Living in Sydney in 2018, the concept of conversion therapy is a horrific thought for me. I’ve seen prejudice and homophobia in action, but that’s nothing close to what gay people have been subjected to in an attempt to “fix” them in the name of God. The first of several films on the topic of conversion therapy, ‘The Miseducation of Cameron Post’, reaches Australian soon, offering a glimpse inside this almost unbelievable world.
Cameron (Chloë Grace Moretz, ‘Bad Neighbours 2’, ‘Carrie’, ‘Kick-Ass’ series) is caught in a compromising position with another girl at her prom. Her extremely religious guardians - her aunt and uncle - send her off to a Christian gay conversion centre. Out of her element, she retreats inward, until she connects with two other outsiders, Jane (Sasha Lane, ‘American Honey’) and Adam (Forrest Goodluck, ‘The Revenant’). Together, they attempt to navigate the tumultuous experience of being told everything they feel is evil and wrong.
Based off the novel by Emily Danforth, this is a curious coming-of-age drama that favours sincerity over melodrama. Oscillating between emotionally connected and curiously standoffish, ‘Cameron Post’ really resonates intensely when it works, but slips into conventionality when it doesn’t. Converting an eight-year journey in the book into a 90-minute film was always going to be a challenge, and it does become episodic at times. Still, the height of the empathy comes from moments which reveal Cameron’s vulnerability: when she unexpectedly connects with someone new, opens up to her friends, or battles with her inner turmoil and self-hatred.
Director Desiree Akhavan (‘Appropriate Behavior’) - who also co-wrote and executive produced the film - sees the vulnerability of youth and conversion therapy as a dangerous combination. “How can you brainwash a person into hating themselves? I think that emblematic of the teen experience overall. I think most people are fine before puberty and then you become a teen and you just start to question everything about yourself.”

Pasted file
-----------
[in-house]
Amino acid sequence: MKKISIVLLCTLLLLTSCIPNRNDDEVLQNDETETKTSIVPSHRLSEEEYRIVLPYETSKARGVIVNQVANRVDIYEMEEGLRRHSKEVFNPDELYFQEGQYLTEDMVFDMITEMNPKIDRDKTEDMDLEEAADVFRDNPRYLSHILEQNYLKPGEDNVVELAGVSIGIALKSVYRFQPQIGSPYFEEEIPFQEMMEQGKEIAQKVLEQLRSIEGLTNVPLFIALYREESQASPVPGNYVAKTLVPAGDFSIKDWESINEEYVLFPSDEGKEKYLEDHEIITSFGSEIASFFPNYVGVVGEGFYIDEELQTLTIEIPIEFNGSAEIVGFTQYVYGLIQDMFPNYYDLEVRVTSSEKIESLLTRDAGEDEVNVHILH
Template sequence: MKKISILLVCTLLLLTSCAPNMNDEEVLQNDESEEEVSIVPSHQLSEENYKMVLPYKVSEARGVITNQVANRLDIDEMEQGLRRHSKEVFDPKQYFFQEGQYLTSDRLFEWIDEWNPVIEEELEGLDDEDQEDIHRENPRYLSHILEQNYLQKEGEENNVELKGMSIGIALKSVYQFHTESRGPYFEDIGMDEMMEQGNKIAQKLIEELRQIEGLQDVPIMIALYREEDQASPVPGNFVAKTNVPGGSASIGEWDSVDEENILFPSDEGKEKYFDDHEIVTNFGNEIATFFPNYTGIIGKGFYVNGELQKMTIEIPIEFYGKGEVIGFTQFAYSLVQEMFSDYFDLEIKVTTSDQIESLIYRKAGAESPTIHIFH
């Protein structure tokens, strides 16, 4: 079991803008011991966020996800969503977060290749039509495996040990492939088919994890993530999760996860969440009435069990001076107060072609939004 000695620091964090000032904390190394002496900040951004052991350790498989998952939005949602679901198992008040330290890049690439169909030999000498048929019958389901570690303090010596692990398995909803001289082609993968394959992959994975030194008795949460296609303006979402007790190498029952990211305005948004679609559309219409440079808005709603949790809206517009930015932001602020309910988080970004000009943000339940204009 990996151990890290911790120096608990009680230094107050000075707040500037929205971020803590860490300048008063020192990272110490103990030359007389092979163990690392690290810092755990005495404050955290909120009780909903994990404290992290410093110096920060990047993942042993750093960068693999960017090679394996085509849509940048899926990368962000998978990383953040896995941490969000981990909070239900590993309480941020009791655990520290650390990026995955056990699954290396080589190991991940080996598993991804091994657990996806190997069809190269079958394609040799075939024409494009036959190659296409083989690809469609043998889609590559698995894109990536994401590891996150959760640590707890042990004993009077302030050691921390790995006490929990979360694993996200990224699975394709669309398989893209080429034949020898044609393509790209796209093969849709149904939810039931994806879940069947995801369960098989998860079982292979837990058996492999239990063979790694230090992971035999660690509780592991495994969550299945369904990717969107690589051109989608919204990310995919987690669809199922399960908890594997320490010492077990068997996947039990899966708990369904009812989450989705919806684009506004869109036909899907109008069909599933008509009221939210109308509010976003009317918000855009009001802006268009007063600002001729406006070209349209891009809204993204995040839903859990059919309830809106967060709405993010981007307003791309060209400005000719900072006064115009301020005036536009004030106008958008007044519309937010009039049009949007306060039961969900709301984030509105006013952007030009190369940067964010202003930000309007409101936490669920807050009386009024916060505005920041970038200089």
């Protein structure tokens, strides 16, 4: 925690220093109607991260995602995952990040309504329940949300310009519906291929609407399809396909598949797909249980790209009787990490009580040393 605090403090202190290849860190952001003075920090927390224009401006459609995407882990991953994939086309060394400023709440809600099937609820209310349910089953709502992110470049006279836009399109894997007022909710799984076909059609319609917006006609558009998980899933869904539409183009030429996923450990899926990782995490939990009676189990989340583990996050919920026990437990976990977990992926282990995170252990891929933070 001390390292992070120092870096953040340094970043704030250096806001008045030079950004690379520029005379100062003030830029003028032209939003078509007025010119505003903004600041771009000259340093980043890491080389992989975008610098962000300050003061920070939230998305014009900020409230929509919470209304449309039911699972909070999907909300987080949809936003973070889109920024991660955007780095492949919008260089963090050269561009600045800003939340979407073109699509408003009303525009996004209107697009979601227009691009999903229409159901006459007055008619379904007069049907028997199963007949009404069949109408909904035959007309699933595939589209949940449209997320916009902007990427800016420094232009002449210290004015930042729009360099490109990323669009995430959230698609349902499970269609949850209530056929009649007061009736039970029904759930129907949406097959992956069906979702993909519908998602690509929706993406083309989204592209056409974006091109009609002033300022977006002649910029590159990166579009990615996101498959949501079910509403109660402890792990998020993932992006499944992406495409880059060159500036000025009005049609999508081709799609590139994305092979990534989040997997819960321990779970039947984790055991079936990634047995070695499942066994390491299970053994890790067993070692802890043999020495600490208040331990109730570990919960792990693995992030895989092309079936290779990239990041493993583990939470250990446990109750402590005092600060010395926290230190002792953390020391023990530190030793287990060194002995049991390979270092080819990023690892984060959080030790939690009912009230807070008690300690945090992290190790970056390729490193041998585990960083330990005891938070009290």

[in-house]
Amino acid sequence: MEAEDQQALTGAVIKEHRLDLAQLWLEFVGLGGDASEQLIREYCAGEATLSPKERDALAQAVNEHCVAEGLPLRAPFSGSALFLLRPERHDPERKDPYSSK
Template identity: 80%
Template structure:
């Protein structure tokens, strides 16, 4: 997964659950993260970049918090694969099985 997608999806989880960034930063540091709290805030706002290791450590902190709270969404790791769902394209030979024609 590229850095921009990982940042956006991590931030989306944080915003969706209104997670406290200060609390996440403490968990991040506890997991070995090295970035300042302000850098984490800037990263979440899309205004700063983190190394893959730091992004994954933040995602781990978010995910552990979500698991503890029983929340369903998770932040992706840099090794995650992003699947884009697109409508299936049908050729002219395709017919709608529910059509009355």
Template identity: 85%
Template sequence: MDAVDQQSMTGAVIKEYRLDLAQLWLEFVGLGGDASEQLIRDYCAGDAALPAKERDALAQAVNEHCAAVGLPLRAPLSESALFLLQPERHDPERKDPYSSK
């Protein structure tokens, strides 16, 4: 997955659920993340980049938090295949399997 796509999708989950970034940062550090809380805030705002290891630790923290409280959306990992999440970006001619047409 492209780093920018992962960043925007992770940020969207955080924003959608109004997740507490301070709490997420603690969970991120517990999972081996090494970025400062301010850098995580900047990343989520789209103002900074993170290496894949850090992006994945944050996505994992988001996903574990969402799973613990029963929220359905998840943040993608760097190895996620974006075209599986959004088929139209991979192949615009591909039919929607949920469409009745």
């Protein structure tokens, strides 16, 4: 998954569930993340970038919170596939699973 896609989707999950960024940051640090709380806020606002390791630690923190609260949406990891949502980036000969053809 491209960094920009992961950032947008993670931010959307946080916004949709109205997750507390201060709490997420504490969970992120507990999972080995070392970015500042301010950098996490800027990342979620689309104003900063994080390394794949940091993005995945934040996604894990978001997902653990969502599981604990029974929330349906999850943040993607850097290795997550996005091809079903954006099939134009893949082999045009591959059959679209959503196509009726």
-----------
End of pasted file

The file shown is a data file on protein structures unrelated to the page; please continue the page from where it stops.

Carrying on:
Moretz dives head-first into this character. There’s genuine heartbreak towards the love she left behind, and true conflict as she begins to doubt herself as the teachings and events start to impact her.
What really makes this film stand out is its cast. Moretz dives head-first into this character, not only making her sexuality believable, but passionate. There’s genuine heartbreak towards the love she left behind, and true conflict as she begins to doubt herself as the teachings and events start to impact her. Lane also lights up the screen as Cameron’s close friend, bringing a bright energy to every scene she’s in. Also impressive are Jennifer Ehle (‘A Quiet Passion’) as Dr Lydia Marsh, the head of the school who truly believes in the work she’s doing, and her brother Reverend Rick, who Lydia “cured” from his homosexuality years ago, but becomes more raw as the story progresses.
Modestly directed by Akhavan, she and DoP Ashley Connor choose to rely on an observational camera to capture the action. Favouring natural lighting, the film varies between dim intimate moments and flooded outdoor scenes. At all times, this film is the story of Cameron Post, and the camera strongly favours intimacy between Moretz and her companions.
Although not a perfect piece of art, ‘The Miseducation of Cameron Post’ is a fascinating glimpse into a rarely-explored corner of darkness. Aptly displaying the emotional battering received by those in the care of the conversion therapy centres, Chloë Grace Moretz’s honest performance escalates this film into a formidable drama with revealing insight into a cruel practice no human should have to endure.